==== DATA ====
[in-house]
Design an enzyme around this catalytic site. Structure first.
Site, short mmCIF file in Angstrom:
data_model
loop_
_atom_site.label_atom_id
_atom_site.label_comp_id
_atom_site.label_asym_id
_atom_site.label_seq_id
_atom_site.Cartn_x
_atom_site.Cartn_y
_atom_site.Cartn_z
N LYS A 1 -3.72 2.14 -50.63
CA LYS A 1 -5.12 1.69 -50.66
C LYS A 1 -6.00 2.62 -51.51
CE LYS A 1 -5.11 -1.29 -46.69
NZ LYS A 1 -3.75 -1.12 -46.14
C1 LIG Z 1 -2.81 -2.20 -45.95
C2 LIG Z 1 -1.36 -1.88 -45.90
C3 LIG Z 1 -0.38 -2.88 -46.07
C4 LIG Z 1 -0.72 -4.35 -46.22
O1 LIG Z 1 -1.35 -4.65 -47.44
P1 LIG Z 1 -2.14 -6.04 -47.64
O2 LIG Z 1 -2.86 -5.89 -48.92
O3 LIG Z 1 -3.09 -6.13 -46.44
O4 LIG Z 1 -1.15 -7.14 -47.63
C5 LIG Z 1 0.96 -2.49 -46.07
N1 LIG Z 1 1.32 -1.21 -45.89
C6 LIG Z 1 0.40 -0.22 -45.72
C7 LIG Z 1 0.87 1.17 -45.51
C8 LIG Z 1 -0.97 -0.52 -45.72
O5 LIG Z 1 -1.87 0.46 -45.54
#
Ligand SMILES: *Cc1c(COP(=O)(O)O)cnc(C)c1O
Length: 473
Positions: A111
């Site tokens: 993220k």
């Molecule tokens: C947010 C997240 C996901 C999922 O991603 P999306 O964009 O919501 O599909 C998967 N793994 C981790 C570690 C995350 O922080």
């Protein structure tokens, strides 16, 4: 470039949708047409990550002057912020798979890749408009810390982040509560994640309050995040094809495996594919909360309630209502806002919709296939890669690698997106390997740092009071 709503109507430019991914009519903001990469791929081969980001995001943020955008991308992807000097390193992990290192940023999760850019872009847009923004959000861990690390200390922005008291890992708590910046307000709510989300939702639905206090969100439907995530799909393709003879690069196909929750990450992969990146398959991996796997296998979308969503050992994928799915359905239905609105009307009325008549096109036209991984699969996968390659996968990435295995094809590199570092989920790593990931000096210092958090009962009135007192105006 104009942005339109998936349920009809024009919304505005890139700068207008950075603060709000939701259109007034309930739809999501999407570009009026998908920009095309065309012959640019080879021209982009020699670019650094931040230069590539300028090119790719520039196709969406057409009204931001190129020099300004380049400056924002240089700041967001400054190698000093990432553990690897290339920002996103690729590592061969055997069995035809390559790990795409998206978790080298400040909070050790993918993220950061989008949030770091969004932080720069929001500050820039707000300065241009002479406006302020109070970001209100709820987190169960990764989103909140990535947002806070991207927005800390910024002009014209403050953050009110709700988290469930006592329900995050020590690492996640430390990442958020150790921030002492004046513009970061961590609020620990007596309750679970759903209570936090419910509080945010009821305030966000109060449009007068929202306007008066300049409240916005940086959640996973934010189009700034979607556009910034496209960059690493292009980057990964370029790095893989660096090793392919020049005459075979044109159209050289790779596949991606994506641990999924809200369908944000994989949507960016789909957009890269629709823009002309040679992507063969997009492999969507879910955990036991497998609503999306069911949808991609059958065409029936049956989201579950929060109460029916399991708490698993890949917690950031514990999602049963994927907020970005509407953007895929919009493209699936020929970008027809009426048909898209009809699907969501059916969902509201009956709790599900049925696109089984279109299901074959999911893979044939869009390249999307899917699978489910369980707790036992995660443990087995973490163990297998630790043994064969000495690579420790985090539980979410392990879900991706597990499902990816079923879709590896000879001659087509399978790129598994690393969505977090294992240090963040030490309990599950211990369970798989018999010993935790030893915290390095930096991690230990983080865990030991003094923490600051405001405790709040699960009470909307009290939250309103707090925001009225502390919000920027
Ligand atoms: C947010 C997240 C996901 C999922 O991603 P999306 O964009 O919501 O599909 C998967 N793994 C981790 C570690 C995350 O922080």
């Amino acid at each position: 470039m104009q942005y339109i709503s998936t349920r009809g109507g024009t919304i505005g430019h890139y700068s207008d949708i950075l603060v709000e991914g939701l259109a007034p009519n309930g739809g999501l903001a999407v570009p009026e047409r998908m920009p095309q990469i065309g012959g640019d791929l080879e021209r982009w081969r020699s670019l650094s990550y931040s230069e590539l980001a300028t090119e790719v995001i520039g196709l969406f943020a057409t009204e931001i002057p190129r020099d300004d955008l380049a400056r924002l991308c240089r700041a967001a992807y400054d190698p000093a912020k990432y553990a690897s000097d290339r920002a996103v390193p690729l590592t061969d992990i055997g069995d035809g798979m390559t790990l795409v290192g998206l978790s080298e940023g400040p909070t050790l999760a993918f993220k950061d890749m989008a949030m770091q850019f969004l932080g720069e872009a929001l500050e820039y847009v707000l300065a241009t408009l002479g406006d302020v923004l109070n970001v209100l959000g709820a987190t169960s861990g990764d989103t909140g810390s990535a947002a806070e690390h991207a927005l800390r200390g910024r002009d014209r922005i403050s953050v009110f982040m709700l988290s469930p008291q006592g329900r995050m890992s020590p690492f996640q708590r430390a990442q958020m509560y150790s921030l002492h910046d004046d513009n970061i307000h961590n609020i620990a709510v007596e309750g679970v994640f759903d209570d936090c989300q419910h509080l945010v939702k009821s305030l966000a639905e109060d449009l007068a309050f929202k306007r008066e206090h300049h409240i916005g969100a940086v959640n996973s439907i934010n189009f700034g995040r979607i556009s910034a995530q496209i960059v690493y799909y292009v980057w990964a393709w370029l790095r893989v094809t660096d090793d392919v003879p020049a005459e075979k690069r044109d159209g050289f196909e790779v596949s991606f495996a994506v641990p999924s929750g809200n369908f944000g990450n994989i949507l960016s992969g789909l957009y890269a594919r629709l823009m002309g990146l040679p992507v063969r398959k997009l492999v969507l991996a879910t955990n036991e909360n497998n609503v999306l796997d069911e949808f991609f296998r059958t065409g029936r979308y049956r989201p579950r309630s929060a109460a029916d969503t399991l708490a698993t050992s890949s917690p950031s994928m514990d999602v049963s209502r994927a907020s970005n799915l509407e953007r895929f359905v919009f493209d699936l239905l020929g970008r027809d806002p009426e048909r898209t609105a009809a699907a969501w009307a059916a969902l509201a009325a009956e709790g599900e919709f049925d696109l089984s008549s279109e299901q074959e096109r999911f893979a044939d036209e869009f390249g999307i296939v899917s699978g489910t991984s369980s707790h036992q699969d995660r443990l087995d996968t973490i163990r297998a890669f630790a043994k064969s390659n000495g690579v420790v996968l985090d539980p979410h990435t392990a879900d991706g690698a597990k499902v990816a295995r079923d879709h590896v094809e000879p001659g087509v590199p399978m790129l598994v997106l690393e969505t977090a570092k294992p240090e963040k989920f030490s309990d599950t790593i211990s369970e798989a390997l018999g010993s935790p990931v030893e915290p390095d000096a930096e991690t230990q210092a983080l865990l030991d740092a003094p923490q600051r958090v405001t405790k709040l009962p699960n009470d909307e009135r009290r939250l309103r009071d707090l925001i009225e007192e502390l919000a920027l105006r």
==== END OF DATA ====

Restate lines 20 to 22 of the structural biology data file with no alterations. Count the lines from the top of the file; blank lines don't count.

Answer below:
C3 LIG Z 1 -0.38 -2.88 -46.07
C4 LIG Z 1 -0.72 -4.35 -46.22
O1 LIG Z 1 -1.35 -4.65 -47.44